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Wednesday, Oct 20, 2021

Sons of murdered Saudi journalist Jamal Khashoggi ‘forgive’ killers

The move was condemned by the journalist’s former fiancée and a UN expert. Khashoggi was killed and dismembered at the kingdom’s consulate in Istanbul in October 2018

The sons of murdered Saudi journalist Jamal Khashoggi said Friday they “forgive” the killers of their father, a move condemned by his former fiancée and described as a “parody of justice” by a UN expert.

Khashoggi – a royal family insider turned critic – was killed and dismembered at the kingdom’s consulate in Istanbul in October 2018, in a case that tarnished the reputation of de facto ruler Crown Prince Mohammed bin Salman.

His family’s pardon is expected to spare the lives of five unnamed people sentenced to death over the murder in a December court ruling, which was lambasted by human rights groups after two top aides to the crown prince were exonerated.

“On this holy night of this blessed month (of Ramadan) … we the sons of martyr Jamal Khashoggi announce we forgive and pardon those who killed our father,” the Washington Post columnist’s son Salah Khashoggi said on Twitter.

Saudi authorities did not immediately comment on the legal ramifications of the announcement from Salah, who lives in the kingdom and has denied reports of a financial settlement with the government.

“What this essentially means is that the killers will avoid capital punishment” as the family reserved the right to forgive them under Islamic sharia law, Ali Shihabi, a Saudi author and analyst close to the government said on Twitter.

“Other legal procedures by the state continue.”

Analyst Nabeel Nowairah too said the family’s declaration during the Muslim fasting month of Ramadan effectively means the “murderers will not be executed”.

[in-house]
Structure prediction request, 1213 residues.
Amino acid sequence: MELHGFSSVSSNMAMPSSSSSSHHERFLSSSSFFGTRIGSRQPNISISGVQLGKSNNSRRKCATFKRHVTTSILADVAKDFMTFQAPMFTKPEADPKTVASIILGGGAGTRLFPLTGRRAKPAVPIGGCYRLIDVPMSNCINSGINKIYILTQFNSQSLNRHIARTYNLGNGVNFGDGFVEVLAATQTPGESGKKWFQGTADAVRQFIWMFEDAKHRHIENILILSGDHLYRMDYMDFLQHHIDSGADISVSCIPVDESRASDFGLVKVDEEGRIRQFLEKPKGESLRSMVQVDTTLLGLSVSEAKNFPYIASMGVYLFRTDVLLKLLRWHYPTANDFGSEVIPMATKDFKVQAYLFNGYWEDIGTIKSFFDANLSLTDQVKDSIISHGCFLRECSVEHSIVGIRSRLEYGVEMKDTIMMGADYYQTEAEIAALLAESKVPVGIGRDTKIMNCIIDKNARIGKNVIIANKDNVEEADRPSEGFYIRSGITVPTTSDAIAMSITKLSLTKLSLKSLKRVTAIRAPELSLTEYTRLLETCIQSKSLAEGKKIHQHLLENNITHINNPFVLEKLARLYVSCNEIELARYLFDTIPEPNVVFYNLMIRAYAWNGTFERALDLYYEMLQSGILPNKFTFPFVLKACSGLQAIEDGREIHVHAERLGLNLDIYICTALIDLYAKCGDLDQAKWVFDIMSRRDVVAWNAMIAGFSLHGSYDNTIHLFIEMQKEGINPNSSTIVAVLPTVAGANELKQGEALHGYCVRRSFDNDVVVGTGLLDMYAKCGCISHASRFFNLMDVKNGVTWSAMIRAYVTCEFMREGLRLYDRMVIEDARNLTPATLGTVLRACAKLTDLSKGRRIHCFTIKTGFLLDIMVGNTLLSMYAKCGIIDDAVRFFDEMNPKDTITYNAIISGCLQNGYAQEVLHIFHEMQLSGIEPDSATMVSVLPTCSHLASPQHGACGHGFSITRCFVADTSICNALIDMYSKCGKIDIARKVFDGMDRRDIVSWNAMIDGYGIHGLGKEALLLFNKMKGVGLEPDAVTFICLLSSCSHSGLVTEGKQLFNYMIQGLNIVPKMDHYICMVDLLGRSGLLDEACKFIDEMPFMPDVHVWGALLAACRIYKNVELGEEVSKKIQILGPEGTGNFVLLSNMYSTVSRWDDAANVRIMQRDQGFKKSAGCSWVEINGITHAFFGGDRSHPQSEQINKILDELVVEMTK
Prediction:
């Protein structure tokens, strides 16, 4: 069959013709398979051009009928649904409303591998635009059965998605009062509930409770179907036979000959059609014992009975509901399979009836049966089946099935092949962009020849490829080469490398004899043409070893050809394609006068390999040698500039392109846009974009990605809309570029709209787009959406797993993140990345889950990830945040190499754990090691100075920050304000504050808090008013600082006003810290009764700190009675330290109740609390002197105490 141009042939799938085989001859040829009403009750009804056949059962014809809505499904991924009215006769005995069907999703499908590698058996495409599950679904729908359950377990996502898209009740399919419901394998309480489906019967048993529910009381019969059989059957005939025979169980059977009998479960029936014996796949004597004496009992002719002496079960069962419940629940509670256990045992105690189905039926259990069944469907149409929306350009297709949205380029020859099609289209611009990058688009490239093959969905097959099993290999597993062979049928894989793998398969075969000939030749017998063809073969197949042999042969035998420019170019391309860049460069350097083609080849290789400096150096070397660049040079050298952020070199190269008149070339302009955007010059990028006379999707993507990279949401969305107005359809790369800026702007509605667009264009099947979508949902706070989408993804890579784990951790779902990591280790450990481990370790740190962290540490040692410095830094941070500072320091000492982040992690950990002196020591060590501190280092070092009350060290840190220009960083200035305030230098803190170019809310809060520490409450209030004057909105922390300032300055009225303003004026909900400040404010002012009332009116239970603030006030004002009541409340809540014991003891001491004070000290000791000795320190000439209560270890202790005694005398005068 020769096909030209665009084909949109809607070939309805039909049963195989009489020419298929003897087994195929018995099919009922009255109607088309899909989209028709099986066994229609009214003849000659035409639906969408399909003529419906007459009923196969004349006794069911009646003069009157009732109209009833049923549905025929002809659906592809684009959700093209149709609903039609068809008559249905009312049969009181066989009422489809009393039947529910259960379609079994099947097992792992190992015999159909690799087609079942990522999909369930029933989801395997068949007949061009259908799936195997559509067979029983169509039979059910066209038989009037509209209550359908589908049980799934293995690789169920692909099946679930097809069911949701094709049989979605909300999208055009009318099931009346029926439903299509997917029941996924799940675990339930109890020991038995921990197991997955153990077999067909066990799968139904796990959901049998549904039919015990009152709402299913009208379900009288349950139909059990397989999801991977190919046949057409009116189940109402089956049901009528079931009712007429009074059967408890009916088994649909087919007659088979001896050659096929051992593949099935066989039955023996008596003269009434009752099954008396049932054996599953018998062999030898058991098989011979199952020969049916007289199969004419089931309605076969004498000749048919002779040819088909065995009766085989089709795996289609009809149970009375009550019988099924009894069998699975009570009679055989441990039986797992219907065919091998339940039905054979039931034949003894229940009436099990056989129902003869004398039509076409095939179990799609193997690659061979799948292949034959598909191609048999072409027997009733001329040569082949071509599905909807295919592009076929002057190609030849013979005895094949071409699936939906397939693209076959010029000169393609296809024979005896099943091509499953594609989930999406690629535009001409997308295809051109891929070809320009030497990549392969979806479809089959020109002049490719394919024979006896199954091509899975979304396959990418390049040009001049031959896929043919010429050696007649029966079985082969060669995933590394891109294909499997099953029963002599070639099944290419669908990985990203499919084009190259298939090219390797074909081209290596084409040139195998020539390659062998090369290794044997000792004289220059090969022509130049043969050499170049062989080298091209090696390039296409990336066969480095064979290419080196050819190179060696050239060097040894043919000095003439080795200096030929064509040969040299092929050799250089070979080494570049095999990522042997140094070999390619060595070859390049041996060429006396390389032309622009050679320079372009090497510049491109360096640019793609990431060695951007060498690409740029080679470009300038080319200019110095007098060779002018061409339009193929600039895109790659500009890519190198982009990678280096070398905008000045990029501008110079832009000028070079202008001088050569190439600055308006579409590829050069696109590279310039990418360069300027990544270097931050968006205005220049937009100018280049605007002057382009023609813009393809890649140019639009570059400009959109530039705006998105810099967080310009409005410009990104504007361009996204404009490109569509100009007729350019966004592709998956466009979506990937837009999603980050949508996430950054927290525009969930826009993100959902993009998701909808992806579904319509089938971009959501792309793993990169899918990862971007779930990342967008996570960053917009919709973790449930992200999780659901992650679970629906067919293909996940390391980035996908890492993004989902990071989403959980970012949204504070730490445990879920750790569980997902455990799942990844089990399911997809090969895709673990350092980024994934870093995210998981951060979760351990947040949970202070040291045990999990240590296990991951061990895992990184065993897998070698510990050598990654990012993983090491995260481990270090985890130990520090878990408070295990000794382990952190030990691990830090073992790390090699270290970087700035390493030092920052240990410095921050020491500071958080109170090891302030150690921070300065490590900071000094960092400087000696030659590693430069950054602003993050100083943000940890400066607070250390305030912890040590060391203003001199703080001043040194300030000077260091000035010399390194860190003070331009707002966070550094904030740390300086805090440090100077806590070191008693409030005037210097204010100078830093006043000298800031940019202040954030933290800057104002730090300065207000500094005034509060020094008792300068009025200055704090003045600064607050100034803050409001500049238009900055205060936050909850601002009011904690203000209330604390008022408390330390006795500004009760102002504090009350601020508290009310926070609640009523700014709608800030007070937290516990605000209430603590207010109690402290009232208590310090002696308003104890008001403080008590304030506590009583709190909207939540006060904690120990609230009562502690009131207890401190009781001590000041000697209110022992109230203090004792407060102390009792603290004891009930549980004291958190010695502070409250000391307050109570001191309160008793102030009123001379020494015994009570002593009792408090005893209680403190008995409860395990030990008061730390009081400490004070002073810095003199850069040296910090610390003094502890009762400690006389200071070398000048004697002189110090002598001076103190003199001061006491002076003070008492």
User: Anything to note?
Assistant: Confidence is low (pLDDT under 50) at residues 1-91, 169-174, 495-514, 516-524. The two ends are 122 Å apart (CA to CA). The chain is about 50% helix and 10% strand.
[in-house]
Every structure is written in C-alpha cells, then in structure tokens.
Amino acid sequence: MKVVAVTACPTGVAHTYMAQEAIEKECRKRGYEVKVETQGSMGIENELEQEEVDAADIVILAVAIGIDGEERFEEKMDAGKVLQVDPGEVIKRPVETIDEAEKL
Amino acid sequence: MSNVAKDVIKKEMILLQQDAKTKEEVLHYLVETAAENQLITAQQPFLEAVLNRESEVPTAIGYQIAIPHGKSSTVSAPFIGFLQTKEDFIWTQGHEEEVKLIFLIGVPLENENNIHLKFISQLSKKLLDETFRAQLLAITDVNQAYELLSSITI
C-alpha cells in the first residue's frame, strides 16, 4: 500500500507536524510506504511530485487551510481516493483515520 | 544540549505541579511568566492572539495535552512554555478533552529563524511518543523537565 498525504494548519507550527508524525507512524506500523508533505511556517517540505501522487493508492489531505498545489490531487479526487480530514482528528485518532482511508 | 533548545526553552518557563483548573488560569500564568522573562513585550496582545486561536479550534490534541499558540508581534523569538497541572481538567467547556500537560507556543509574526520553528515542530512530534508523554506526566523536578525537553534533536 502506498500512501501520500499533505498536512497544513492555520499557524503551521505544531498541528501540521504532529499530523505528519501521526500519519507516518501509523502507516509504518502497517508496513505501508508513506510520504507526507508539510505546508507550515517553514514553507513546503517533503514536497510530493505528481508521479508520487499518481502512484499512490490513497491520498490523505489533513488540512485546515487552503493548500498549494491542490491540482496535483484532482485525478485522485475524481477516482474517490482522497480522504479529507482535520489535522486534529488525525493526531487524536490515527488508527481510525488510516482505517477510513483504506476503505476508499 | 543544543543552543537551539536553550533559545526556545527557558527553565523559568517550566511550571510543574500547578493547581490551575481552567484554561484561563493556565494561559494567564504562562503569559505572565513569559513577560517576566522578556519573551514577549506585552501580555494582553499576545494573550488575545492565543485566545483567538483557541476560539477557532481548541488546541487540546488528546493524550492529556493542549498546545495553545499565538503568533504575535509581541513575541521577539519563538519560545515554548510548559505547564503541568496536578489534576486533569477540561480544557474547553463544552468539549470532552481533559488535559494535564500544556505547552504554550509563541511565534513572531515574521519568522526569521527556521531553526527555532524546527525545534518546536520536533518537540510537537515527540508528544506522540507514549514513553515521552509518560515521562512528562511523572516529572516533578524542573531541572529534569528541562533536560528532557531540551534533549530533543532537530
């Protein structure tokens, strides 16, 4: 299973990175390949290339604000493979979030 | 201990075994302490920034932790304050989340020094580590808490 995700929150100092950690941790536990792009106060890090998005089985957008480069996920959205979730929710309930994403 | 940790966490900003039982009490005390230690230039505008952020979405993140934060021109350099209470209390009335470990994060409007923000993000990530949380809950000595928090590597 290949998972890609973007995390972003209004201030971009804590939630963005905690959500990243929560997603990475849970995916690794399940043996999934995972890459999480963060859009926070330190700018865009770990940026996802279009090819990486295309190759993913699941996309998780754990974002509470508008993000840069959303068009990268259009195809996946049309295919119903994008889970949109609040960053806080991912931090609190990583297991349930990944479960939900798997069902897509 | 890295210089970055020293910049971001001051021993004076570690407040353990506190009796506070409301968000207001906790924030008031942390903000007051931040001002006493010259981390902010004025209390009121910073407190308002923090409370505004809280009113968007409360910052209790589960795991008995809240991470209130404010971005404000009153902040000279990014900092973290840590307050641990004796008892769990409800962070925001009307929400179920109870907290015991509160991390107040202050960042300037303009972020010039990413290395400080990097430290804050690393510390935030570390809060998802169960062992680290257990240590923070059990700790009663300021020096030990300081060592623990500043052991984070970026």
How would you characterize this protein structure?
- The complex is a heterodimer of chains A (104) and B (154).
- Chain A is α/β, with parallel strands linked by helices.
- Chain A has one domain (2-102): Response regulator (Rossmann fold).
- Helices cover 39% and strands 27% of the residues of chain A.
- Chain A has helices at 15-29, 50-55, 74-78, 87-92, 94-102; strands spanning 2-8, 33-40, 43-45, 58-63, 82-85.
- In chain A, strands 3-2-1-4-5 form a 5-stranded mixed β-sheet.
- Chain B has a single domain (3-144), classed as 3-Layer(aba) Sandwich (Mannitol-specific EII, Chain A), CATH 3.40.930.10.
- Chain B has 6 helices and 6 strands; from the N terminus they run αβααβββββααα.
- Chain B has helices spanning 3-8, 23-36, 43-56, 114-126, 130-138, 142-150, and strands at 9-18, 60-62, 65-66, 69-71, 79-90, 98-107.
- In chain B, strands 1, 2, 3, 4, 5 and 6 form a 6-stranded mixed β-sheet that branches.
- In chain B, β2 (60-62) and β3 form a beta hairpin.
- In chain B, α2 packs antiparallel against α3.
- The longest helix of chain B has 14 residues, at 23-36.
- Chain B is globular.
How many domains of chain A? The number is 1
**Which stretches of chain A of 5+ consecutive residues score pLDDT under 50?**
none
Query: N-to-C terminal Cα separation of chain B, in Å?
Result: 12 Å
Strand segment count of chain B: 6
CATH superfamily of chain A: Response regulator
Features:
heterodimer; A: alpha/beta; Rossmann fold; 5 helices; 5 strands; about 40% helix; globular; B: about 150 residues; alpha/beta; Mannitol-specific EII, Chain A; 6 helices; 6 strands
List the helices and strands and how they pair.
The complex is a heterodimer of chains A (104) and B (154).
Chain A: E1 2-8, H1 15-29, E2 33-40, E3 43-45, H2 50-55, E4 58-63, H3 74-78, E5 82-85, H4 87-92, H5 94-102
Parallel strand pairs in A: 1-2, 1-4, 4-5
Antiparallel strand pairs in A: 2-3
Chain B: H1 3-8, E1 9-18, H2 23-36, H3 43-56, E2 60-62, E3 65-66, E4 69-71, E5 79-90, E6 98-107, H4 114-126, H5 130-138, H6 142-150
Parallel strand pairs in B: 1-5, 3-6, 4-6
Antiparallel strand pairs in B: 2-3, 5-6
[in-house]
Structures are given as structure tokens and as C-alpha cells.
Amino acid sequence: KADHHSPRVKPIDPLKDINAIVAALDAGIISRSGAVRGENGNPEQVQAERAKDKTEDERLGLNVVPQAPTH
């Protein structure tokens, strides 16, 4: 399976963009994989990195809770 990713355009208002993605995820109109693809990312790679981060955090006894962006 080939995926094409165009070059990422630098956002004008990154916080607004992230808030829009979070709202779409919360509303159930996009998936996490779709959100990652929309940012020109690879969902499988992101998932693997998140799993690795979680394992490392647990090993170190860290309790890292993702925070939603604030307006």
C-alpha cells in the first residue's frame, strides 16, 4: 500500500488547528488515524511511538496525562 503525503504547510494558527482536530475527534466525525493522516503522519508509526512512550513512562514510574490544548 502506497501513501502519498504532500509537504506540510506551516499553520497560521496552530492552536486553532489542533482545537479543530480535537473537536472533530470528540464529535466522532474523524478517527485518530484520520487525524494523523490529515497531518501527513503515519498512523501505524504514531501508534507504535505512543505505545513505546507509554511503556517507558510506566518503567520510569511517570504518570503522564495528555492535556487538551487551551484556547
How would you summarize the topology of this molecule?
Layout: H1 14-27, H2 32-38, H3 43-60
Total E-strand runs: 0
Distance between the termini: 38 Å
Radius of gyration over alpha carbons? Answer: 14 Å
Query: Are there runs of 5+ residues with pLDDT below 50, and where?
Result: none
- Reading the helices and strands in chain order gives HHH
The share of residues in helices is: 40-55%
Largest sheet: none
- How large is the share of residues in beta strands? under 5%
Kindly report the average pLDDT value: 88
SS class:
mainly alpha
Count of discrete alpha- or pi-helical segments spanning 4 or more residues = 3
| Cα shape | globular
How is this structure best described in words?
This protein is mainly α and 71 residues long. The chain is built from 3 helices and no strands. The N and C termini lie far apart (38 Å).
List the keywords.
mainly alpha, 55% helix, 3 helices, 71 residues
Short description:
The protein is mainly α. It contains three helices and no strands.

The announcement drew anger from Khashoggi’s fiancée Hatice Cengiz, who said “no-one” had the right to pardon his murderers.

“Jamal has become an international symbol and his murder an international crime that must be prosecuted in an independent court of law,” Cengiz told AFP.

“No international law, Saudi or Islamic law allows those responsible for this monstrous crime to go free.”

Agnes Callamard, the UN special rapporteur on extrajudicial, summary or arbitrary executions, also slammed the move as “the final act in (Saudi Arabia’s) well-rehearsed parody of justice”.

Khashoggi, a 59-year-old critic of the crown prince, was strangled and his body cut into pieces by a 15-man Saudi squad inside the consulate, according to Turkish officials. His remains have not been found.

Riyadh has described the murder as a “rogue” operation, but both the CIA and a United Nations special envoy have directly linked Prince Mohammed to the killing, a charge the kingdom vehemently denies.

Salah has previously said he has “full confidence” in the judicial system, and criticised opponents he said were seeking to exploit the case.

Citing sharia law, Shihabi said Khashoggi’s family reserved the right to “demand financial compensation from the murderers”.
The Washington Post reported last year that Khashoggi’s children, including Salah, had received multimillion-dollar homes and were being paid thousands of dollars per month by authorities.

Salah rejected the report, denying discussing a financial settlement with Saudi Arabia’s authoritarian rulers.

“It is sad to see Khashoggi’s sons have to endure further humiliation at the hands of the Saudi establishment with their so-called forgiveness of their father’s killers,” Bessma Momani, a professor at Canada’s University of Waterloo, told AFP.

“To suggest that this act of forgiveness was voluntary is to ignore the tremendous political and social pressure likely being exerted on the sons from the same centre of political power that was behind their father’s killing.”

Out of 11 individuals indicted in the case – most of whom remain unnamed – five were sentenced to death, three face jail terms totalling 24 years and the others were acquitted, according to the public prosecutor.

The December verdict, condemned by human rights groups as a travesty of justice, underscored Saudi efforts to draw a line under the crisis as it seeks to reboot its international image ahead of this year’s G20 summit in Riyadh.

Saudi prosecutors had said deputy intelligence chief Ahmed al-Assiri oversaw Khashoggi’s killing and the US Treasury had claimed the royal court’s media tsar Saud al-Qahtani was “part of the planning and execution” of the operation that led to the murder.

Qahtani was investigated but not indicted “due to insufficient evidence” and Assiri was charged, but eventually acquitted on the same grounds, according to the public prosecutor.

Both aides were part of Prince Mohammed’s tight-knit inner circle and were formally sacked over the killing, but only Assiri appeared in the court hearings, according to Western sources.


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